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  • Commemorated on the Ploegsteert Memorial, Belgium. (www.cwgc.org)
Person Details
12 Nov 1898
Sutton in Ashfield Nottinghamshire
Bernard Arthur was the son of William and Ada Wass (née Wall). His father William was born in Sutton in Ashfield in July 1871 and his mother Ada was born in Mansfield, also in 1871. They were married at Mansfield St John the Evangelist in December 1893 and had eight children. The eldest, Annie Elizabeth, was born in Mansfield in December 1893 and baptised at St John the Evangelist in 1894. Her younger siblings were born in Sutton in Ashfield: Mabel b. 1896 bap. St Mary Magdalene 1897, Bernard Arthur b. 12 November 1898 bap. St Mary Magdalene 15 October 1900, Frederick William b. January 1902, Herbert Henry b. 1903, Ernest Edward b. 1905, Edith Ellen b. 1907 and Harry b. 1910. William and Ada were living at 13 Union Street, Mansfield, when their daughter Annie was baptised in 1894 but had moved to Sutton in Ashfield by the time their second child, Mabel was born in 1896. They were living on Gill Street when Mabel was baptised in 1897. However, the family was living on King Street when Bernard was baptised in 1900 and his parents and their three children, Annie, Mabel and Bernard, were recorded on the 1901 Census in Jefford Yard, King Street. William was working as a bricklayer. By 1911 the family was living at 7 Club Street, Sutton in Ashfield: William a coal miner, Ada and their eight children: Annie and Mabel who worked in a hosiery factory, Bernard, Frederick, Herbert, Ernest, Edith and Harry. Bernard attested in February 1916 giving his address as 58 Alfred Street, the family home. However, his parents had moved to 54 Alfred Street by June 1919 when his mother completed a form for the army listing Bernard's surviving blood relatives: Parents: William and Ada Wass, 54 Alfred Street Brothers: Frederick William (17), Herbert Henry (15), Ernest Edward (13) and Harry (9) all of 54 Alfred Street Sisters: Annie Elizabeth Featherstone (25) Deep Dale Yorkshire, Mabel Waring (22) Sutton in Ashfield and Edith Wass (11) 54 Alfred Street Annie had married Luther B Featherstone in 1916 and Mabel married William H Waring in 1918. Ada probably died in 1928 but her husband William, a retired journeyman bicklayer, was still living at 54 Alfred Street in 1939 when the England & Wales Register was compiled. His sons Ernest and Herbert were also living on Alfred Street. William may have died in 1956.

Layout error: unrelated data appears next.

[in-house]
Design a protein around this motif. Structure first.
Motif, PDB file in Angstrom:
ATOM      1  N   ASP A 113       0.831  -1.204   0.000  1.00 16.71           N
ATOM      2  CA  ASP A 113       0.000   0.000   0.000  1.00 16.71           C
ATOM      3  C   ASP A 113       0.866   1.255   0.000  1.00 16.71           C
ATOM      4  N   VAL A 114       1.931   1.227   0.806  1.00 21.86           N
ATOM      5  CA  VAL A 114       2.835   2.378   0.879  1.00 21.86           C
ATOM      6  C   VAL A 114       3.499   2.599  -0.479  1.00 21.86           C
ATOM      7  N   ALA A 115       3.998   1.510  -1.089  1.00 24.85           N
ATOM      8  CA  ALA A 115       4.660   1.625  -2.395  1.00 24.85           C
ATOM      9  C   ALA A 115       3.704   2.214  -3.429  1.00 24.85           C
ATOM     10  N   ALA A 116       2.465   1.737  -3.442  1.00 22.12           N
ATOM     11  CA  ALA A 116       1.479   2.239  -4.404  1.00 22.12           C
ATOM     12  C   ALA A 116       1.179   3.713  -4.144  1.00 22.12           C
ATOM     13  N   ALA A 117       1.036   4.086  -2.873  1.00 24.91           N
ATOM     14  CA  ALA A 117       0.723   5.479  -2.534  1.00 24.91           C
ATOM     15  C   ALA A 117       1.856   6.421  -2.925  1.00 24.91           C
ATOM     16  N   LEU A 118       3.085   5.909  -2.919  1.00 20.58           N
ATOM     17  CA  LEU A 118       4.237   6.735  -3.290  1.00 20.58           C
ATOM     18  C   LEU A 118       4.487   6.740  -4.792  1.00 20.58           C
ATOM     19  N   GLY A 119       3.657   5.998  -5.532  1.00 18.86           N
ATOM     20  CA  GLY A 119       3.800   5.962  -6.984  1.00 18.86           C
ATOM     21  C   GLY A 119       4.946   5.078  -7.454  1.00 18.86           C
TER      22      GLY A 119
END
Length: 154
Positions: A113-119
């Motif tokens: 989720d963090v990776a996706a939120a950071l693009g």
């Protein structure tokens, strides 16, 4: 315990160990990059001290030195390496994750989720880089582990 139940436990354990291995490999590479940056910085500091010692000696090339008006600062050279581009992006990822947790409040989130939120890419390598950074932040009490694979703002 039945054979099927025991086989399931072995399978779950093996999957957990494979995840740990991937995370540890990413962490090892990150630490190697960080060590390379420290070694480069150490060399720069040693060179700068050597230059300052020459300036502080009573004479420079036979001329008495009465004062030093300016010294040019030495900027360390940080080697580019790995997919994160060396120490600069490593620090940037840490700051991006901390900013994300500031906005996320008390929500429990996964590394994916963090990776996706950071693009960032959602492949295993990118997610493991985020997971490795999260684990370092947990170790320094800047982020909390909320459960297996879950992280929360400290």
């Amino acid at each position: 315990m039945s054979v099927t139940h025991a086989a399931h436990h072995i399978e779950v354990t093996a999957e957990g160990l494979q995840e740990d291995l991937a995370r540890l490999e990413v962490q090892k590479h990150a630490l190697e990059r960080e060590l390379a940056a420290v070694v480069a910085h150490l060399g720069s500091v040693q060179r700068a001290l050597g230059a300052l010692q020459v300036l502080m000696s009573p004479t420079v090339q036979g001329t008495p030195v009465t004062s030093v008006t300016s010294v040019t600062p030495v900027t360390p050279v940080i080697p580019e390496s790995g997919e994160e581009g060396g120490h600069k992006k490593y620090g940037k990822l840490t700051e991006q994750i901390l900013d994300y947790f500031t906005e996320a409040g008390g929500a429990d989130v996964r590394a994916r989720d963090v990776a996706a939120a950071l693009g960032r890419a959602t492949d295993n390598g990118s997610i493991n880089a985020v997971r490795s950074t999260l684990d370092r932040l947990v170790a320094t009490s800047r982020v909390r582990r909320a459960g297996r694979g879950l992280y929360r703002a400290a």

He gave his occupation as tailor when he enlisted in 1917
13 Apr 1918
19
866958 - CWGC Website
1995
58 Alfred Street, Sutton in Ashfield. Enlisted Mansfield
Private
1st Bn Royal Guernsey Light Infantry
1st Bn Royal Guernsey Light Infantry. Formerly North Staffordshire Regiment Bernard Arthur Wass enlisted on 16 February 1917, 'for duration of war', at the age of 18 years 96 days. He was posted to the 2nd (Home Service Garrison Battalion) North Staffordshire Regiment which was posted to Guernsey for garrison duties. According to information on his army record, he was treated (or vaccinated) at the Millitary Hospital Alderney. The battalion became the 17th Bn Royal Defence Corps into which Bernard transferred on 9 August 1917. However, he was transferred again, this time to the 2nd Bn Royal Guernsey Light Infantry on 26 August 1917. Bernard was posted to France, embarking on 23 January 1918 and disembarking the following day. He joined CIBD on 28 January and the 1st (Service) Bn RGLI on 3 February. Bernard was killed in action three months later on 13 April 1918. He has no known grave and is commemorated on the Ploegsteert Memorial, Belgium (Panel 11). The 1st (S) Battalion Royal Guernsey Light Infantry had been formed from the Militia in 1916 and had served on the Western Front, including the Battle of Cambrai, from 1917. It took part in the Battle of the Lys (Fourth Battle of Ypres, 7-29 April 1918) during the German spring offensive in Flanders. The battalion sustained such heavy casualties that it left the Divison and became GHQ Troops. Bernard qualified for the British War Medal and Victory Medal. CWGC - History of Ploegsteert Memorial (extract): The memorial 'commemorates more than 11,000 servicemen of the United Kingdom and South African forces who died in this sector during the First World War and have no known grave. The memorial serves the area from the line Caestre-Dranoutre-Warneton, in Belgium, to the north, to Haverskerque-Estaires-Fournes, in France, to the south, including the towns of Hazebrouck, Merville, Bailleul and Armentieres, the Forest of Nieppe, and Ploegsteert Wood ... Most of those commemorated by the memorial did not die in major offensives, such as those which took place around Ypres to the north, or Loos to the south. Most were killed in the course of the day-to-day trench warfare which characterised this part of the line, or in small scale set engagements, usually carried out in support of the major attacks taking place elsewhere.' (www.cwgc.org)
Remembered on

Photos

  • Commemorated on the Ploegsteert Memorial, Belgium. (www.cwgc.org)
    Bernard Arthur Wass - Commemorated on the Ploegsteert Memorial, Belgium. (www.cwgc.org)